Is a high-end junior guitar a good choice? This Martin D Jr. review will clarify that for you.

With over 180 years in the business, Martin is a big brand famous for high-quality guitars. They also made the first dedicated travel guitar, the Backpacker. While small guitars offer great portability and easier playability for small hands, they’ve had a reputation for lacks in other areas.

This isn’t true for modern junior guitars like the Martin D Jr. With this guitar, Martin bridges the gap between small and full-sized guitars. It’s like a regular Martin dreadnought, just slightly smaller.

Martin D Jr Features



  • Top: Sitka Spruce
  • Back and Sides: Sapele
  • Neck: Mahogany neck
  • Nut Width: 1.75″
  • Nut & Saddle: White Corian Nut & Richlite saddle
  • Body Shape: Dreadnought Junior
  • Electronics: Fishman Soniton

Martin D Jr-10 Satin Sitka/Sapele
  • 6-string Acoustic Guitar with Sitka Spruce Top
  • Richlite Fingerboard - Natural Spruce
  • Sapele Back and Sides

The Martin D Jr. is a 15/16th-size version of a typical Martin dreadnought. It has a 24-inch scale length and 20 frets with no cutaway. It has a solid Sitka spruce top, the rest of the body and neck are Sapele wood. The body has scalloped X-bracing. Regarding size, it’s right between the Little Martin and a full-size dreadnought.

The neck attaches to the body with a Mortise and Tenon joint. A synthetic ebony material called Richlite makes up the fretboard. With a string spacing of 54.76mm, it’s suitable for most finger sizes. It has small sealed chrome tuners for steady tuning and intonation. The nut is made of white Corian.

In the other end of the strings, you find a compensated Tusq saddle on a Richlite bridge. It also has a faux tortoise pickguard. As you can see, the Martin D Jr. uses only high-quality materials. It also comes with a nylon gig bag.

Let’s clarify what separates the Martin D Jr. E and Martin D Jr. 2 from the regular version. E is for electronics, and it has a Fishman Sonitone pickup system. The Martin D Jr. 2 is a newer version with a Sapele top.


Instead of the common gloss finish, the Martin D Jr. has a natural hand-rubbed oil surface. This makes the guitar look and sound better, but it’s not as protective and requires occasional maintenance for optimal results.

You can expect great attention to detail in both the finish and other visual features.

How the Martin D Jr. Plays

Since it’s not a lot smaller than a typical guitar, it’s an easy transition in both directions. While the frets are narrower and ideal for small hands, it can accommodate bigger ones too.

The Martin D Jr. has a quick neck that lets you cover all 14 free frets with ease. Its taper and profile make complex chords and fast runs easier for small hands, and the string spacing is optimal for fingerstyle.

The lower string tension makes the Martin D Jr. comfortable to play, especially for beginners. You can expect effortless bends and slides. Combined with the light weight, this makes long sessions less tiring.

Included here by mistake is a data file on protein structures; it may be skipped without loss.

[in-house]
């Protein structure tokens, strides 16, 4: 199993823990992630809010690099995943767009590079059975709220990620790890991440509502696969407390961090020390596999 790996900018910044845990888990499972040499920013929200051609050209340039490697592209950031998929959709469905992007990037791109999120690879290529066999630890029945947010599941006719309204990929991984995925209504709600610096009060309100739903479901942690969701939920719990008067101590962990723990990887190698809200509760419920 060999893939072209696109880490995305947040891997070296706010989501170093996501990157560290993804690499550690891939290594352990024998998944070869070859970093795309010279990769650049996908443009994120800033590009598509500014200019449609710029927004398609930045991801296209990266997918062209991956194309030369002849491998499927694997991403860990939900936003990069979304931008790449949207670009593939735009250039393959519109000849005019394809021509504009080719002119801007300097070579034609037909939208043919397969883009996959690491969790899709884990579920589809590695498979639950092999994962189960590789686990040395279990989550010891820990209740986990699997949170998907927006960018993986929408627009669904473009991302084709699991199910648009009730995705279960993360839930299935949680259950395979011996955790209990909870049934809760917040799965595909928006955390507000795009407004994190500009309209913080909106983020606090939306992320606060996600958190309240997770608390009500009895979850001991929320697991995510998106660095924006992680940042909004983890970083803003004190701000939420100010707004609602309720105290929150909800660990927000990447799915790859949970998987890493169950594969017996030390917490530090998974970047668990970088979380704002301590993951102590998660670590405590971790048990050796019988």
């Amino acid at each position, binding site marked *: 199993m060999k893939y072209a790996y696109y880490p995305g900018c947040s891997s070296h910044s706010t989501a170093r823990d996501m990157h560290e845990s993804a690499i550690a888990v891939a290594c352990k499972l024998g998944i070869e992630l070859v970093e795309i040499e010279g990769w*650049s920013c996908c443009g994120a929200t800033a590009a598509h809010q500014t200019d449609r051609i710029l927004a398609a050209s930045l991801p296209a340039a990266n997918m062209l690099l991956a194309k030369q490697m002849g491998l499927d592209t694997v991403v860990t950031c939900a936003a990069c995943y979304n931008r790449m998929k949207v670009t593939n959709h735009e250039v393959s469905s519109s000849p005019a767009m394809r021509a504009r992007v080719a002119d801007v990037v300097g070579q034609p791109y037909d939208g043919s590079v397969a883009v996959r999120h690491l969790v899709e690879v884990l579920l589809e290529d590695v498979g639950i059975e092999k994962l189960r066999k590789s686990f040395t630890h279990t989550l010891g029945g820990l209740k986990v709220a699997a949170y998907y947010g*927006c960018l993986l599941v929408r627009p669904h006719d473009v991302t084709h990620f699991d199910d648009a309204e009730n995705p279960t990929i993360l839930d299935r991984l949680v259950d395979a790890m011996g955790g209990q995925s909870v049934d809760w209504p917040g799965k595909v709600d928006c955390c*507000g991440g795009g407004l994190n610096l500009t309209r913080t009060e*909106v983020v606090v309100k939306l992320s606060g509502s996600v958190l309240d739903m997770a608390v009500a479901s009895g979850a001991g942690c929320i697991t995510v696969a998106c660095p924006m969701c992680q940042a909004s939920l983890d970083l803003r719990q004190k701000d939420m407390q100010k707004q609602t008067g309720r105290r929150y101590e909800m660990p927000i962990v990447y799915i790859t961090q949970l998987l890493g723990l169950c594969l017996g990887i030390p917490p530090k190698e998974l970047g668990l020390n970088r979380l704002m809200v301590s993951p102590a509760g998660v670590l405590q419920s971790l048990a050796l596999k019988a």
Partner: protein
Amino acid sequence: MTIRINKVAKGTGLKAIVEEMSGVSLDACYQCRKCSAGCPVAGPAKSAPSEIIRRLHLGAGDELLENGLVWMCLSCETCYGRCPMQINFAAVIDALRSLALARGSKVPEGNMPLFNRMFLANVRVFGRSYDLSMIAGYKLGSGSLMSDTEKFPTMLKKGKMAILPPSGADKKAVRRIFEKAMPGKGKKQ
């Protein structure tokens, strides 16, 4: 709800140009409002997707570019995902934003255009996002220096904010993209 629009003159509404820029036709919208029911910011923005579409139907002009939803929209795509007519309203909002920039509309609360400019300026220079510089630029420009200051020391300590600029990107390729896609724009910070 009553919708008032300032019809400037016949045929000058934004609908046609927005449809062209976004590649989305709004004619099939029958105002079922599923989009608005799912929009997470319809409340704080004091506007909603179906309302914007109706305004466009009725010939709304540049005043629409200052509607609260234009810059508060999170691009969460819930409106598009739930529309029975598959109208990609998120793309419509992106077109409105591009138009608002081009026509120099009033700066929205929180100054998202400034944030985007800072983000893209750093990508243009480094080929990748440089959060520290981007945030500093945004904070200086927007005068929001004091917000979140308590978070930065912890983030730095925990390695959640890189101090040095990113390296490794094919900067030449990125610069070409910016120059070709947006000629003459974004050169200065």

The Sound

While it doesn’t have the full low end of a full-size guitar, the Martin D Jr. produces a big and smooth sound for its size. It has a warm, resonant midrange with a rich texture.

While it’s not the most complex tone, it’s punchy and defined with a balanced treble. Country, rock, and jazz would all sound right on a Martin D Jr.

For its small size, it offers enough projection and volume for playing on a street corner or at a campfire. Thus, the Martin D Jr. makes a handy travel guitar.

What’s to Love

I give it 5 out of 5 stars. I really like the smoothness in both feel and tone, and the articulate timbre. It sounds and feels like a much pricier guitar.


The Martin D Jr. is affordable for a Martin guitar.

Martin D Jr. VS Taylor Big Baby

A Martin D Jr review wouldn’t be complete without a comparison against a similar guitar from a comparable brand. The Big Baby Taylor is the same size and has a Sitka top with select Sapele sides and back.

It’s a somewhat cheaper build, but not by much. Other than the micarta saddle and neck screws, nothing stands out.

It sounds slightly brighter and less deep. It’s not a big difference, and it’s a matter of preference. The same goes for playability. If you want to learn more about the Big Baby Taylor, read my review here.

Pros & Cons

Let’s summarize this Martin D Jr. review. These are the main insights.


  • Classic Martin timbre
  • Excellent build quality
  • Convenient size
  • Smooth playability

Few junior guitars can match a Martin D Jr. And it’s affordable for a Martin.


  • No double-action truss rod
  • No cutaway

The simple design may have its limits, but it’s the standard. Performance-wise, it’s on point.

Is Martin D Jr. the Guitar for You?

It’s portable, beginner-friendly, and sounds bigger than it is. It’s a proper Martin with a smaller design and price tag. This makes the Martin D Jr. an excellent choice for guitarists with smaller hands.

Martin D Jr-10 Satin Sitka/Sapele
  • 6-string Acoustic Guitar with Sitka Spruce Top
  • Richlite Fingerboard - Natural Spruce
  • Sapele Back and Sides

If you want something for a smaller child, here are some great guitars for kids.

My Rating: 5 out of 5


Last update on 2024-06-23 / Affiliate links / Images from Amazon Product Advertising API